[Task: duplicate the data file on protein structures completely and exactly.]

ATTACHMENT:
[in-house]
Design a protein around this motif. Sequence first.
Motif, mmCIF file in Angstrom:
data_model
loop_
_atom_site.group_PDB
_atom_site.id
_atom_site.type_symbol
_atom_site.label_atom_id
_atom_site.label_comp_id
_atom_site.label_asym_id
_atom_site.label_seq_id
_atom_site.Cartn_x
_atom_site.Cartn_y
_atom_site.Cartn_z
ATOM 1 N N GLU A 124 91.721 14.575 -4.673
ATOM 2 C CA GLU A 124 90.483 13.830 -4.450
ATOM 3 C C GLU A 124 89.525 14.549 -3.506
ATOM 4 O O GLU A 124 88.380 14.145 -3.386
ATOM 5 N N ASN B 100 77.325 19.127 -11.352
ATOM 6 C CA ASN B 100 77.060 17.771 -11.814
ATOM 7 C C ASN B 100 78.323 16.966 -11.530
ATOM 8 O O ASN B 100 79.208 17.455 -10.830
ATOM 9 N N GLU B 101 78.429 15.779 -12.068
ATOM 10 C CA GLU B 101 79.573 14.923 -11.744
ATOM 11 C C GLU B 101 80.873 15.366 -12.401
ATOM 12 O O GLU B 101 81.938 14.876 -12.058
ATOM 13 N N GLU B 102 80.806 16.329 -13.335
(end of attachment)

[in-house]
Design a protein around this motif. Sequence first.
Motif, mmCIF file in Angstrom:
data_model
loop_
_atom_site.group_PDB
_atom_site.id
_atom_site.type_symbol
_atom_site.label_atom_id
_atom_site.label_comp_id
_atom_site.label_asym_id
_atom_site.label_seq_id
_atom_site.Cartn_x
_atom_site.Cartn_y
_atom_site.Cartn_z
ATOM 1 N N GLU A 124 91.721 14.575 -4.673
ATOM 2 C CA GLU A 124 90.483 13.830 -4.450
ATOM 3 C C GLU A 124 89.525 14.549 -3.506
ATOM 4 O O GLU A 124 88.380 14.145 -3.386
ATOM 5 N N ASN B 100 77.325 19.127 -11.352
ATOM 6 C CA ASN B 100 77.060 17.771 -11.814
ATOM 7 C C ASN B 100 78.323 16.966 -11.530
ATOM 8 O O ASN B 100 79.208 17.455 -10.830
ATOM 9 N N GLU B 101 78.429 15.779 -12.068
ATOM 10 C CA GLU B 101 79.573 14.923 -11.744
ATOM 11 C C GLU B 101 80.873 15.366 -12.401
ATOM 12 O O GLU B 101 81.938 14.876 -12.058
ATOM 13 N N GLU B 102 80.806 16.329 -13.335